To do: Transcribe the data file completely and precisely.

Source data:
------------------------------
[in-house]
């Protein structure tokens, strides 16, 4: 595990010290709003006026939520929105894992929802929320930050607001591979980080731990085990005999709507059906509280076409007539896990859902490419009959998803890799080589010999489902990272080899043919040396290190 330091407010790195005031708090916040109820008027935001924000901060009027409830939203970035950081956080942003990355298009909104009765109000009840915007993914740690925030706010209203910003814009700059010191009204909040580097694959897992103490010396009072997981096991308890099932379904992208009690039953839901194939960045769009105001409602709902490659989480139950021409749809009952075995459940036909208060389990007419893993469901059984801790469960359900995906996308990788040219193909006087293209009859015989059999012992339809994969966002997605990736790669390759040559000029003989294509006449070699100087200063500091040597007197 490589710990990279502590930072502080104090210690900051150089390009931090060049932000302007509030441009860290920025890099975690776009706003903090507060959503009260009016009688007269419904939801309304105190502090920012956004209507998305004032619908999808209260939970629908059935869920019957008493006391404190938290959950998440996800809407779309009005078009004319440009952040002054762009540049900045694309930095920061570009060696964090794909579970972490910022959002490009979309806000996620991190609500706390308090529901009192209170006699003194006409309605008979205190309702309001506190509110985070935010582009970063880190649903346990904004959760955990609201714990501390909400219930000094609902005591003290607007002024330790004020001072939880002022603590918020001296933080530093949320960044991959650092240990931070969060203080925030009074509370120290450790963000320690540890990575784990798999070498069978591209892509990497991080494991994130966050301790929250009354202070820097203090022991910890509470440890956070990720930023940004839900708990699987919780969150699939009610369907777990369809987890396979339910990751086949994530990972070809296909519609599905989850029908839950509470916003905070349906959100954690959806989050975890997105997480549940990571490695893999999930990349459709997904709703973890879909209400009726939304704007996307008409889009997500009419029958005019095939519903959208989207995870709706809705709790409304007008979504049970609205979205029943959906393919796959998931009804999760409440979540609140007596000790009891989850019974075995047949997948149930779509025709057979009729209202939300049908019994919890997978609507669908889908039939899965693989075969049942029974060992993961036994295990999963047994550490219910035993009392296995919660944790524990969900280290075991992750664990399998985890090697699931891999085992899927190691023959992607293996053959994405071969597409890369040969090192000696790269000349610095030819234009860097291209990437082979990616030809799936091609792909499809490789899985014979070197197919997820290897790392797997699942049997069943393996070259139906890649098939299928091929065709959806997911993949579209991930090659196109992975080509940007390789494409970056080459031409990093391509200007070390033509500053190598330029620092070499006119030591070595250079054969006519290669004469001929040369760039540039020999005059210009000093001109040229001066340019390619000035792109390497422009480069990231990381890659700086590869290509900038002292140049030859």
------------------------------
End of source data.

[in-house]
């Protein structure tokens, strides 16, 4: 595990010290709003006026939520929105894992929802929320930050607001591979980080731990085990005999709507059906509280076409007539896990859902490419009959998803890799080589010999489902990272080899043919040396290190 330091407010790195005031708090916040109820008027935001924000901060009027409830939203970035950081956080942003990355298009909104009765109000009840915007993914740690925030706010209203910003814009700059010191009204909040580097694959897992103490010396009072997981096991308890099932379904992208009690039953839901194939960045769009105001409602709902490659989480139950021409749809009952075995459940036909208060389990007419893993469901059984801790469960359900995906996308990788040219193909006087293209009859015989059999012992339809994969966002997605990736790669390759040559000029003989294509006449070699100087200063500091040597007197 490589710990990279502590930072502080104090210690900051150089390009931090060049932000302007509030441009860290920025890099975690776009706003903090507060959503009260009016009688007269419904939801309304105190502090920012956004209507998305004032619908999808209260939970629908059935869920019957008493006391404190938290959950998440996800809407779309009005078009004319440009952040002054762009540049900045694309930095920061570009060696964090794909579970972490910022959002490009979309806000996620991190609500706390308090529901009192209170006699003194006409309605008979205190309702309001506190509110985070935010582009970063880190649903346990904004959760955990609201714990501390909400219930000094609902005591003290607007002024330790004020001072939880002022603590918020001296933080530093949320960044991959650092240990931070969060203080925030009074509370120290450790963000320690540890990575784990798999070498069978591209892509990497991080494991994130966050301790929250009354202070820097203090022991910890509470440890956070990720930023940004839900708990699987919780969150699939009610369907777990369809987890396979339910990751086949994530990972070809296909519609599905989850029908839950509470916003905070349906959100954690959806989050975890997105997480549940990571490695893999999930990349459709997904709703973890879909209400009726939304704007996307008409889009997500009419029958005019095939519903959208989207995870709706809705709790409304007008979504049970609205979205029943959906393919796959998931009804999760409440979540609140007596000790009891989850019974075995047949997948149930779509025709057979009729209202939300049908019994919890997978609507669908889908039939899965693989075969049942029974060992993961036994295990999963047994550490219910035993009392296995919660944790524990969900280290075991992750664990399998985890090697699931891999085992899927190691023959992607293996053959994405071969597409890369040969090192000696790269000349610095030819234009860097291209990437082979990616030809799936091609792909499809490789899985014979070197197919997820290897790392797997699942049997069943393996070259139906890649098939299928091929065709959806997911993949579209991930090659196109992975080509940007390789494409970056080459031409990093391509200007070390033509500053190598330029620092070499006119030591070595250079054969006519290669004469001929040369760039540039020999005059210009000093001109040229001066340019390619000035792109390497422009480069990231990381890659700086590869290509900038002292140049030859």